Don’t judge a book by… oh, bugger it, go ahead!
by Ira Reed
Some of you might remember when I got back from the Dominican, I mentioned a couple of interesting characters that popped up alarmingly frequently during the trip. We first met Louie and Peter on the bus from the airport to the resort. They sat separately, but both wore Large Gentleman On Vacation Hawaiian shirts and hats. We sat behind Louie, who kept looking back and making obnoxious comments and asking far too often “where the rum was”. It was dark, and we couldn’t tell if he was addressing us, or someone at the back, so we found ourselves with tightly-grasped hands, smiling and nodding through gritted teeth. Whoever this bozo was, hopefully he was being dropped off at the next resort.
The first morning there, we attended our “briefing” meeting with the rep, who told us all sorts of helpful things about booking tours through her (which we ignored), where to go, and when to check the binder on our last day to see when our bus was coming. It was about 10:00, and we sat, with another couple behind us… and a couple of loud oafs in front. When we heard the Chris Griffin-esque whiny voice complaining and asking what time the bar opened, we looked at each other in panic. Louie was here to stay, and he disappeared for a few minutes, returning with two drinks firmly in hands, making the meeting start a full half hour late.
Sweet and I had quite the game of “Name That Oaf” on the first day, making observations about where they could possibly work, if they were together, why were two mid-fifties gentlemen out on their own in the middle of the Caribbean pretending not to be together anyway, and what their names might be. We decided on “Roy and Norm”, before we were introduced, the second night in, when we found ourselves seated at the table elbow-widths away at dinner. I’d gone to the loo, and Sweet and I spent the first half of dinner making faces and grinning at each other as we listened to obnoxious inanity – and I returned to a grinning Sweet, who introduced me on first-name basis, which not only put my poker face to the test, but made it lock itself in a room and replace all meals, sleep and social activity with a pile of Cole’s notes. It was too funny to be happening.
Days in, they kept popping up here and there, maybe the funniest of which was when I was popping upstairs for some sunscreen, and I saw two older blokes racing toward the resort on scooters, slowing right down to go over the sleeping policemen – bump, bump – and whizzing off up to the hotel.
On our last day, we were all packed and had, as per the rep’s instructions, checked the binder to see when we were being picked up. 7:15 pm, it said, so we packed up in the morning, relaxed by the pool, had some lunch, showered and were getting ready for dinner at about 5 when we had a phone call. “It’s 5:00 and you’re still in the room!” a curt female voice informed me. “You know you’re going to have to pay a $50 late checkout fee.” Click. Sweet and I didn’t know about checkout times – he’s never travelled, and my last few trips have involved staying at company villas, Hollywood sailboats, and relatives’ homes in the UK. We went down, and she insisted the rep had told us in our meeting, which she hadn’t. She got her on the phone, and she talked to the manager, insisting she had, and the phone was just about to be passed to me when I saw, out of the corner of my eye, our two resident oafs by the pool, talking to a lady half their age. I ran over, and told Louie the situation. “Of course she didn’t tell us! We had to go and ask two days ago!” Proof! Glorious, unexpected proof from our resident entertainment. When we next spoke, we had a note put in The Book. Louie walked past us and whispered “raise hell”. We didn’t have to pay.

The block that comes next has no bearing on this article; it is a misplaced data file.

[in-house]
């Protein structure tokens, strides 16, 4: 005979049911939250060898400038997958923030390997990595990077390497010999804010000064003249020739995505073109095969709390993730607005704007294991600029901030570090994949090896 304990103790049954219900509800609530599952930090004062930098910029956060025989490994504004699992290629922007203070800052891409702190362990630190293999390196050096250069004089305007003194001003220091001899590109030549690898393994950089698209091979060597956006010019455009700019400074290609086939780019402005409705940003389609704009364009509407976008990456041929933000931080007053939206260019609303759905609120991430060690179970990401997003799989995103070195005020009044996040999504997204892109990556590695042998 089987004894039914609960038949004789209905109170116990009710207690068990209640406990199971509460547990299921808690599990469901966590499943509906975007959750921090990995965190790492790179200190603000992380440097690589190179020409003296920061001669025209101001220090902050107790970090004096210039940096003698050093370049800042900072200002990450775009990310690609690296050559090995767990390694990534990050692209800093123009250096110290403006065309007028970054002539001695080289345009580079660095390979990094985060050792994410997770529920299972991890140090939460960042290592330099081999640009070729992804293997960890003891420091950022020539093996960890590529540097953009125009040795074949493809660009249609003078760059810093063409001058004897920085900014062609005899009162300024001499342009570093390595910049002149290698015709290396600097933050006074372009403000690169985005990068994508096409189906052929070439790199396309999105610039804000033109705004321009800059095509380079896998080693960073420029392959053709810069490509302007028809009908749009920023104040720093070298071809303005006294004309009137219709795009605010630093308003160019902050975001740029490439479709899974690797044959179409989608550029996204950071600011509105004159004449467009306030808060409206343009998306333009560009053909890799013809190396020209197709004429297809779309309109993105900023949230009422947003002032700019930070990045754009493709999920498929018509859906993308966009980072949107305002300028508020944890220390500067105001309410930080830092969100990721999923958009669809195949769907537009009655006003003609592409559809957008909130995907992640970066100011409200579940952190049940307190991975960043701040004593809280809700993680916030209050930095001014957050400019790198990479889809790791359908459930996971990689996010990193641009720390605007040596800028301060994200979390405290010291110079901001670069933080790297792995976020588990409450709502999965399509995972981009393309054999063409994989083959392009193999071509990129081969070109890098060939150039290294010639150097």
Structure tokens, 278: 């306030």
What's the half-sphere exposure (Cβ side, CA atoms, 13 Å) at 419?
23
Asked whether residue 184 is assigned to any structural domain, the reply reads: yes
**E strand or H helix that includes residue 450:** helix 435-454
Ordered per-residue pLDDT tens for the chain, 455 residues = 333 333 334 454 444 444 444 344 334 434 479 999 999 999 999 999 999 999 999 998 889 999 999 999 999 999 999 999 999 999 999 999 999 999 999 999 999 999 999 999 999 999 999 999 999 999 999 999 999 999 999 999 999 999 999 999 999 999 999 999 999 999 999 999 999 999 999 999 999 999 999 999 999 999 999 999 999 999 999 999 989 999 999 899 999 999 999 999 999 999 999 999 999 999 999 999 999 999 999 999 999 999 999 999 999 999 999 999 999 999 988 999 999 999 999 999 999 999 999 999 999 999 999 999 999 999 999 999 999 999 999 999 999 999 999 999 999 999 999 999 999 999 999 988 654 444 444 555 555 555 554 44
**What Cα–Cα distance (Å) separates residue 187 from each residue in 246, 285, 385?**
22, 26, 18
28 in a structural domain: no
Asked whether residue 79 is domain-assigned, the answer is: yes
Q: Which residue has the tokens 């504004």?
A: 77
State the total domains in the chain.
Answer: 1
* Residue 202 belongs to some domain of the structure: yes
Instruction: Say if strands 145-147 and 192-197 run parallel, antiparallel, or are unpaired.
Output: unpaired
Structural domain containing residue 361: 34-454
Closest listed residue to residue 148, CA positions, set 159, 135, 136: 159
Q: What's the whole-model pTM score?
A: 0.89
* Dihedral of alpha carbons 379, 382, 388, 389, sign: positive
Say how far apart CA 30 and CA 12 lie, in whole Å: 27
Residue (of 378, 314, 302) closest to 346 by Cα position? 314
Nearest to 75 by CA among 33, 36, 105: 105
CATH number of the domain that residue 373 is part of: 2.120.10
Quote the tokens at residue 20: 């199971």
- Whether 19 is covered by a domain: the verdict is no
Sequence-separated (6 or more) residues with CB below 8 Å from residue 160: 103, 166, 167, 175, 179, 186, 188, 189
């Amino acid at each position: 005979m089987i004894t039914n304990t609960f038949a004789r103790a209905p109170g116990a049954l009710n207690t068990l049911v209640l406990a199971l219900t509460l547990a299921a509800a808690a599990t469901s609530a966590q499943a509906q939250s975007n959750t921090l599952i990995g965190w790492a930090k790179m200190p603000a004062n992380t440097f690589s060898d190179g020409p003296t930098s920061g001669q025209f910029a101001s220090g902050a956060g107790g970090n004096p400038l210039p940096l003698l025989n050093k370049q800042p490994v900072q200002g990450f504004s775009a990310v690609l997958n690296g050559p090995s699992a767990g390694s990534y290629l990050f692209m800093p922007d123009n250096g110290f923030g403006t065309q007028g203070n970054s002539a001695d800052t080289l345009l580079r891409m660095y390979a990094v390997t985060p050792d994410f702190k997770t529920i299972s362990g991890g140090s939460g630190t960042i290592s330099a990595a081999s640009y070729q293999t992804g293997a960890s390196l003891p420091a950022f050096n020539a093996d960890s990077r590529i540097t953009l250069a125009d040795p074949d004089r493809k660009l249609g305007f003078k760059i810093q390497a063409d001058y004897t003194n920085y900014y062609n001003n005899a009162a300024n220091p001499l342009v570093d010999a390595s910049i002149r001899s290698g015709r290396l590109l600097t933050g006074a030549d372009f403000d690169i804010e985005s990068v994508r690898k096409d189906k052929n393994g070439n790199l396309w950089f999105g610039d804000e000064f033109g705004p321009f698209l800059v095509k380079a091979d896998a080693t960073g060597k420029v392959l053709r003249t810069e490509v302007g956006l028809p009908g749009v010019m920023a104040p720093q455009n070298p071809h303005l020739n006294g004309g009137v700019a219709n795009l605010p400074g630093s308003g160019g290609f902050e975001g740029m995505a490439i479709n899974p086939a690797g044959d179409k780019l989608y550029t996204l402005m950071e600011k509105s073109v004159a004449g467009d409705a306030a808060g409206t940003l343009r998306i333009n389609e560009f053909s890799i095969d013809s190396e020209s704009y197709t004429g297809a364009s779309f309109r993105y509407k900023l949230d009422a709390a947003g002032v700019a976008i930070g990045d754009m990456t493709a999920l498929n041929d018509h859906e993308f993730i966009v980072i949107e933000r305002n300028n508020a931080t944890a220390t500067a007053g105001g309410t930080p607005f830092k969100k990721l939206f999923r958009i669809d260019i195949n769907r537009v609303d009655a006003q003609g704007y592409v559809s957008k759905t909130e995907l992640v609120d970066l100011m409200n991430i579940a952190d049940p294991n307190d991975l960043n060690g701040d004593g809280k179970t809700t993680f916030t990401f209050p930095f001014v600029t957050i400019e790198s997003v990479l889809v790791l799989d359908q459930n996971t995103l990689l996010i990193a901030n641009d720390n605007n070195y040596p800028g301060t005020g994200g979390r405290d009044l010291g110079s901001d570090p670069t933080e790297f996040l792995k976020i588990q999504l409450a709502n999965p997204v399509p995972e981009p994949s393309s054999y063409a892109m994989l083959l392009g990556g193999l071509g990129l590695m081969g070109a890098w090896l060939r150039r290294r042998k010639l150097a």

We later went back to the poolside to thank him for saving the day, when he left us with his words of wisdom: “The squeaky wheel always gets the oil, folks!” We looked at each other, baffled for a second, while he went to get another drink. Did he just tell us that the more of a pain in the ass you are, the more likely you’ll get what you want? We couldn’t help but laugh – this was clearly his motto in life, and despite the exterior loutish behaviour, he’d done pretty well for himself. We smiled, and asked him where he was headed home. “Toronto,” he told us. “But there’s been a lot of snow this week, and we have a lot of Asian and BROWN people who don’t know how to drive in the snow; they’re going to make the roads hell.” And off he went, leaving our jaws planted and rooting firmly on the floor. The moral of the story? Even if you do judge a book by its cover, it can still enclose a pleasant surprise. But it’ll probably end up being a jerk anyway!
It’s times like these when I desperately want to learn and explore more about the world of physiognomy – something I learned about in literature years ago, the study of what people’s physical face structure and external appearance says about them as a person. To judge a book by its cover based on exterior observation – or to dig deeper? Even after dear Louie, I still like to explore and be surprised. Seeing Susan Boyle first open her mouth and sing so beautifully, putting all pre-judgers firmly in their place, was enough to move me to tears. And I love when people are surprised when they first get to know me that I have tattoos, love all things sci-fi and nerdy, and listen to Scandinavian power metal as a guilty pleasure. People can often surprise you in wonderful and interesting ways - but I find, just as often, end up being exactly how you imagined. What are your thoughts on first impressions?